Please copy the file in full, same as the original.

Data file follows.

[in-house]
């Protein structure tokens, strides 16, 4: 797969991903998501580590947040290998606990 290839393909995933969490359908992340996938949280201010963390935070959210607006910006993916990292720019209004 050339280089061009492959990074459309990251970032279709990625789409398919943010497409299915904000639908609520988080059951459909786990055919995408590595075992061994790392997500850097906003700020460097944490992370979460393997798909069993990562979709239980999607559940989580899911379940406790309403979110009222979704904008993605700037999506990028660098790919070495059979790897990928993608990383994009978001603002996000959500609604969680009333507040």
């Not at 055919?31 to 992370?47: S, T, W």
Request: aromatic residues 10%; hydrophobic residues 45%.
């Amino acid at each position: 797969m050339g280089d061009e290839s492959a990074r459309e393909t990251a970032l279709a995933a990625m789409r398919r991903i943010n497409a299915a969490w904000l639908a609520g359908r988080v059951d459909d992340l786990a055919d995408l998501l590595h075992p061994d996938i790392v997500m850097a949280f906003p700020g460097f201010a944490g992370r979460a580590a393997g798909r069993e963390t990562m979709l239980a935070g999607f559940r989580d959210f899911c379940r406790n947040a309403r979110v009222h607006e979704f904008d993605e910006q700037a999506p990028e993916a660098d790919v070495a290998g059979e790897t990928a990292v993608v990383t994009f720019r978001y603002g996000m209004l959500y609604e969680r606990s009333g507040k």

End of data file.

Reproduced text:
[in-house]
């Protein structure tokens, strides 16, 4: 797969991903998501580590947040290998606990 290839393909995933969490359908992340996938949280201010963390935070959210607006910006993916990292720019209004 050339280089061009492959990074459309990251970032279709990625789409398919943010497409299915904000639908609520988080059951459909786990055919995408590595075992061994790392997500850097906003700020460097944490992370979460393997798909069993990562979709239980999607559940989580899911379940406790309403979110009222979704904008993605700037999506990028660098790919070495059979790897990928993608990383994009978001603002996000959500609604969680009333507040």
């Not at 055919?31 to 992370?47: S, T, W």
Request: aromatic residues 10%; hydrophobic residues 45%.
């Amino acid at each position: 797969m050339g280089d061009e290839s492959a990074r459309e393909t990251a970032l279709a995933a990625m789409r398919r991903i943010n497409a299915a969490w904000l639908a609520g359908r988080v059951d459909d992340l786990a055919d995408l998501l590595h075992p061994d996938i790392v997500m850097a949280f906003p700020g460097f201010a944490g992370r979460a580590a393997g798909r069993e963390t990562m979709l239980a935070g999607f559940r989580d959210f899911c379940r406790n947040a309403r979110v009222h607006e979704f904008d993605e910006q700037a999506p990028e993916a660098d790919v070495a290998g059979e790897t990928a990292v993608v990383t994009f720019r978001y603002g996000m209004l959500y609604e969680r606990s009333g507040k």